Teaching the other day, I asked a very basic music question, but received a deeply troubling answer. To my students I inquired, “Have you listened to an entire album through in the past month?” Only two of the twelve responded with a “yes,” the others either responding with a resounding “no” or “I don’t know.” This filled me with a cocktail of sorrow and confusion, and threatened to take me further down the path of the cultural cynic, who believes, among other depressing eventualities, that true music is dead. And for those who’ve reached this stage know, it’s almost impossible to turn back from such depths of cynicism.
Especially when cynicism surrounding music is crotchety and mostly without a strong foundation of evidence. And I try not to be a cynic, especially about music.
Those who declare music to be a dead art form are generally responding to the current atmosphere of electronic beats and beeps the same way rockers like Dave Grohl have voiced their sonic grudges. That, or trolling about the Internet looking for Miley Cyrus photos and videos to foist poorly worded dislike upon. If their cynical logic were actually sound in any way, and adding in non-instrumental or non-musician[s on stage] elements to music were in fact harbingers of the doom of the form, then we’d never have made it as far as Michael Jackson, or even Elvis, if that far at all.
Supposedly, one of the reasons people claim music is dead (or losing its last shreds of integrity) is that the industry has produced a simplistic, marketable standard that corrupts creativity and promotes performer personalities that end up being more interesting than the catchy but shallow tunes they (supposedly) write. But hasn’t this always been the case in some respects? Rock stars from the 60s and 70s had an image to maintain, resulting in some pretty dumb (but yes, awesome) tunes and fan-bases very tuned into the drugs and sex scenes surrounding the music. Any music of any genre, be it commercially successful, has money in mind, and there’s actually no such thing as selling out, only misplaced jealousy of those purported to have sold out.
It’s always been the case that personality and attitude sell more than music seemingly produced from a vacuum. Catchy music from catchy individuals: not always nearly as musically astounding as free jazz or the rest of Gershwin you swore to listen to (but didn’t because you keep repeating “Rhapsody in Blue”), but easy to place into your daily life. Many remember Michael Jackson for the moonwalk, but no human ear on earth actually registers that as part of the song. And twerking is nothing but a visual supplement, only different in relative grossness to something like a classic rock drummer kicking through his bass drum. Antics are part of the lifestyle and culture, and that’s always been part of the commercial music world.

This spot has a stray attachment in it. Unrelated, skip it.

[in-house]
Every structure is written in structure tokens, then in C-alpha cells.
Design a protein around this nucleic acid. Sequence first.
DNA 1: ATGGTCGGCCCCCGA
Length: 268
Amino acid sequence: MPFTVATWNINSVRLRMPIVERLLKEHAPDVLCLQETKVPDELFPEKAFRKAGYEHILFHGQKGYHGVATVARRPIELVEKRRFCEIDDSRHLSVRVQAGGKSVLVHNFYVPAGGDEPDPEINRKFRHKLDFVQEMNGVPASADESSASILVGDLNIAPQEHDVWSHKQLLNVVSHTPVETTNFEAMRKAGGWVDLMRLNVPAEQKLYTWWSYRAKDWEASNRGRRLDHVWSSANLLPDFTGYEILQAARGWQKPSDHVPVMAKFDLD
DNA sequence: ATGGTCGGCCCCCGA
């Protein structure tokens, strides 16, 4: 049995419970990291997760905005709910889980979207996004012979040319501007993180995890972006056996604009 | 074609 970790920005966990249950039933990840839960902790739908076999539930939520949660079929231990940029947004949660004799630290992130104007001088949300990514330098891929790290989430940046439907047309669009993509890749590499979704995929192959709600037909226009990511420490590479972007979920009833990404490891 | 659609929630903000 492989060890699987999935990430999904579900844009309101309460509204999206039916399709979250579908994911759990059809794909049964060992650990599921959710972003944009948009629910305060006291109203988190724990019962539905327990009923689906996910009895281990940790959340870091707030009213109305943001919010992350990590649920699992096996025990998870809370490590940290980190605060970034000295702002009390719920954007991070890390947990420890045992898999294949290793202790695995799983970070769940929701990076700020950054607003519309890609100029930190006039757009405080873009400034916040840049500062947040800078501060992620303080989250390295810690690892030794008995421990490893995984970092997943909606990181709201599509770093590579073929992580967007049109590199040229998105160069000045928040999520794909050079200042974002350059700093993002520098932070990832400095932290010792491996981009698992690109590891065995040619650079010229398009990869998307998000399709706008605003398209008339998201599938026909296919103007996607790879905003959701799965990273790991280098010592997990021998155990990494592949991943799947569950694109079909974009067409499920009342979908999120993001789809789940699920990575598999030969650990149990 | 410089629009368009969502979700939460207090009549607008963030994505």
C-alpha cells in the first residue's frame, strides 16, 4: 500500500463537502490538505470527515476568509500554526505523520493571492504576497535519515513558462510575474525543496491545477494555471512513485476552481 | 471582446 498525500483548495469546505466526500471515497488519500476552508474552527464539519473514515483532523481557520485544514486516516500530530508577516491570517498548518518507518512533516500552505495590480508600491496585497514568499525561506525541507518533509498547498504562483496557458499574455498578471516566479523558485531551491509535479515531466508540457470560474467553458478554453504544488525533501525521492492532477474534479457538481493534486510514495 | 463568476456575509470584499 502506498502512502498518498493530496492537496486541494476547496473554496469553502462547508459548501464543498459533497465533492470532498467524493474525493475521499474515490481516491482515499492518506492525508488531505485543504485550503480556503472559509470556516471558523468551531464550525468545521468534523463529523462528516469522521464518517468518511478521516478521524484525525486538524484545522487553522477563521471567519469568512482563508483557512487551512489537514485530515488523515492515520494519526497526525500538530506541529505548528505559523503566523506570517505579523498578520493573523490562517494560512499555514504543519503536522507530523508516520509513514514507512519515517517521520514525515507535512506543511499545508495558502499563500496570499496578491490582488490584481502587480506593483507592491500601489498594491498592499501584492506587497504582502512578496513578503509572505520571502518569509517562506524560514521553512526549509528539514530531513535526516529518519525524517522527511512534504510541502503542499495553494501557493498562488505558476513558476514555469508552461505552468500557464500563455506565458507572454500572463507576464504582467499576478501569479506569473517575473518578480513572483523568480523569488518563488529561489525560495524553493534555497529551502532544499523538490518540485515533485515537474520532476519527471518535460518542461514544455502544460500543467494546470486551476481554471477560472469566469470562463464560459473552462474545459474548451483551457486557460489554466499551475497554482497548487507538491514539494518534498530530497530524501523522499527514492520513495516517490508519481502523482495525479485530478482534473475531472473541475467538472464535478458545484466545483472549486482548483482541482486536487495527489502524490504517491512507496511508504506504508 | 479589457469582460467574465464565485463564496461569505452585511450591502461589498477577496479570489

Music is an impossibly vast art form, ranging from groups of people wailing on oboes while a hairy dude plays blast beats, to bespectacled/flannel-ed individuals fiddling on a 12-string acoustic guitar for an audience of one or more owls, and even to a symphony of people who’ve never touched an instrument but program beats into their iPads. Anyone with Garageband and only slightly terrible rhythm can create a halfway decent tune, and that’s really a lifeline for music, as opposed to doom. Social media and music software does indeed suggest to a lot of people who shouldn’t be anywhere near music that they can write tunes, and that weirdly speaks to accessibility, production-wise.
One negative aspect could be that music suffers overproduction, as well as hyper-condensing. A single attached to a music video has never faltered in its popularity rise, while full albums sit untouched on the shelves. Easy, sometimes lyrically shocking content, delivered as simply as possible, that you can listen to without wasting a thought. I suppose it’s hard to defend the artistic merit of these types of tunes. But in between the musically dull electronic creations at the novice level and the monolithic pop ridiculousness are a wealth of smaller and medium sized acts still interested in playing weird, excellent music. With so much music available, great musicians have to be strange or unique to be heard; shaky standards at the industry level and the way music is sold is forcing the good artists to get better and more creative.
Music is definitely not dead, you just have to look just past the industry veil to find infinite good stuff. And listen to full albums before making declarations, or you’re just wasting wind and brain power.